After a quick napkin change we were served with one of the most memorable dessert from 2012. The Iced sphere of pomegranate on gianduia cream and cannelloni filled with salty pine-seed Chantillywas the best surprise of the night! I thought I had misheard pomegranate for cherry because the depth of sweetness from the sorbet sphere did not resemble that of any pomegranate I knew. Beck later explained that the sweet juice was extracted by delicately squeezing only the outer flesh of each seed, resulting in a concentrated sweet flavour similar but superior to that of cherry in season. It was a superb finish to a memorable meal.


Obviously we thought it would be rude to turn down the lemon and lime macaron, lemon mousse on short biscuit with crunchy chocolate drop, Tiramisu cupcake and raspberry jam as they looked so pretty. The flavours yet again were clean and fresh, and we could have easily managed another round.


Luckily for us there was a final treat of hazelnut & mango ice cream to go with our espressos before partaking in the Cuban delights in their designated cigar tasting room!

HB Toscani

I never thought that classic Italian dishes like a plate of pasta could be elevated to such a sophisticated level. Achieving such feat is no ordinary matter and we could easily overlook the tremendous amount of determination, skills and hard work that went into refining every dish. I also appreciated Beck’s extra attention to detail to his dishes, ensuring his diners have a light and healthy meal whilst delivering high notes on the all-important flavours.

(Photo courtesy of Oliviero Toscani)



De Librije, Zwolle

Interieur-Exterieur-Overige ruimtes-ActieChef: Jonnier Boer       Website:        Cuisine: French/Dutch Experimental

De Librije is housed in a remarkable 15th century library of a Dominican abbey in the small town of Zwolle, located just a little over an hour away from Amsterdam by train.

LibrijeAfter a brief introduction to Jonnie, I was guided to my table where an unexpected contemporary space opened up in front of me. What appeared to be original gothic leaded windows and raftered ceilings juxtaposed the modern dominating glass chandelier and its surrounding art installation, a halo of lights. The modern high-backed black velvet chair was deceivingly comfortable and a sleek addition to a fairly mellow toned room.

P1120043A glass bell-jar containing bread dough made with fermented seeds was presented and left on my table at the start of the evening before it was taken away to be baked. You could see the dough slowly rising…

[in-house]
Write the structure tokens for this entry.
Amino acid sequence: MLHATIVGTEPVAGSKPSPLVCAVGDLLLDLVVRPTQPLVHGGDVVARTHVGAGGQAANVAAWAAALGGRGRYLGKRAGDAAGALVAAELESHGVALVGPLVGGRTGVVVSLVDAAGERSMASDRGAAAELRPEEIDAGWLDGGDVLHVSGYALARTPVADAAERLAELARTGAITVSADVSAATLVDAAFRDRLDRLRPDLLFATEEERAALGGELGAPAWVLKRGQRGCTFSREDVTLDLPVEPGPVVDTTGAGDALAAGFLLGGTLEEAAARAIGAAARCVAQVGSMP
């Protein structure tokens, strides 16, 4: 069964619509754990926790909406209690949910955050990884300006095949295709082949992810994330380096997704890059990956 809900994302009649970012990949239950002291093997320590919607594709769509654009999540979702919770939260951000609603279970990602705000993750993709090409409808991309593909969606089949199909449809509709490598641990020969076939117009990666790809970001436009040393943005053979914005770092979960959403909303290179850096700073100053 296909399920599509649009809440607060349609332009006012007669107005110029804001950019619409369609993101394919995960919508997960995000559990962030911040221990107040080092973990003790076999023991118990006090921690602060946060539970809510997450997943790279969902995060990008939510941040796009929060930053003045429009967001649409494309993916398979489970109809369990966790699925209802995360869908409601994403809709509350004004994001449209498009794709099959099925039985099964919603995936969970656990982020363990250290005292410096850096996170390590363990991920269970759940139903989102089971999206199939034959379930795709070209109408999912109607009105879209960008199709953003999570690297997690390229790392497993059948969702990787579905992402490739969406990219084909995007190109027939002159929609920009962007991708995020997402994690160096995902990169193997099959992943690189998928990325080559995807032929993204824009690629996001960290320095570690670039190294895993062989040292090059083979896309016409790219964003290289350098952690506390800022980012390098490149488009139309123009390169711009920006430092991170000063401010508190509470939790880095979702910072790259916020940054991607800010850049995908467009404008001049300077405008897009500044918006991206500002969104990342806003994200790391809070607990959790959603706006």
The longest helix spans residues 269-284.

A “stomach cleanser” before starting the meal with a Tea of red cabbage and dried pepper leaf. I really enjoyed the note of smokiness from the pepperplant and the slight sweetness from the red cabbage.

P1120051Swim fin of halibut with apricot kernel oil with a glass of Ruinart blanc de blanc. The halibut had a beautiful texture and, despite my initial skepticism, the subtle sweetness and fragrance of the apricot and orange oil worked well with the fish. Great start so far!

P1120053Brandade of halibut which was more mellow in flavour but had a lovely crunchy texture.

P1120060A typical local dish of the Tongue of cod with crispy chicken skin. The cod was very delicate in texture but packed with bags of flavours.


Skin of cod with lemon and seaweed served on the fish bone for a unique visual effect. The seaweed was lovely and reminded me of nori powder.

P1120078The next dish helped Jonnie get his first Michelin star and encapsulated Jonnie’s personality in one dish. Tartare of beef with oyster and chives
… which he had tweaked from his original dish by assembling everything on the back of the diners hand using tweezers. Not only was the dish executed flawlessly with a perfect balance of seasoning from the oyster and sweetness from the basil and beef, but more importantly this was a chef who had a sense of humour and was not afraid to mark his own personality in his cuisine.
Just when I thought the amuse bouche could not get any better, I was left stunned by the simple Brioche with Mai-Take, having never tasted such an intense earthy mushroom flavour. It had a deliciously creamy centre that melted in my mouth. What astonished me was that the maitake, which I thought was uniquely indigenous to my native country of Japan, was in fact sourced locally from the region (as were the majority of the other ingredients).
The most beautiful dish of the evening, Goose liver with North Sea crab, almond, black olive and juice of fermented red cabbage leaves. I never thought goose liver and crab would marry so well, and the magnolia in the crab provided a non-intrusive citrus aroma and flavour. The humble red cabbage juice was the star component providing a complex earthy flavour with a clean finish. The 2011 Weingut Stadt Lahr, Kabinett Trocken, Auxerrois was slightly aromatic with a floral note and a good balance of acidity.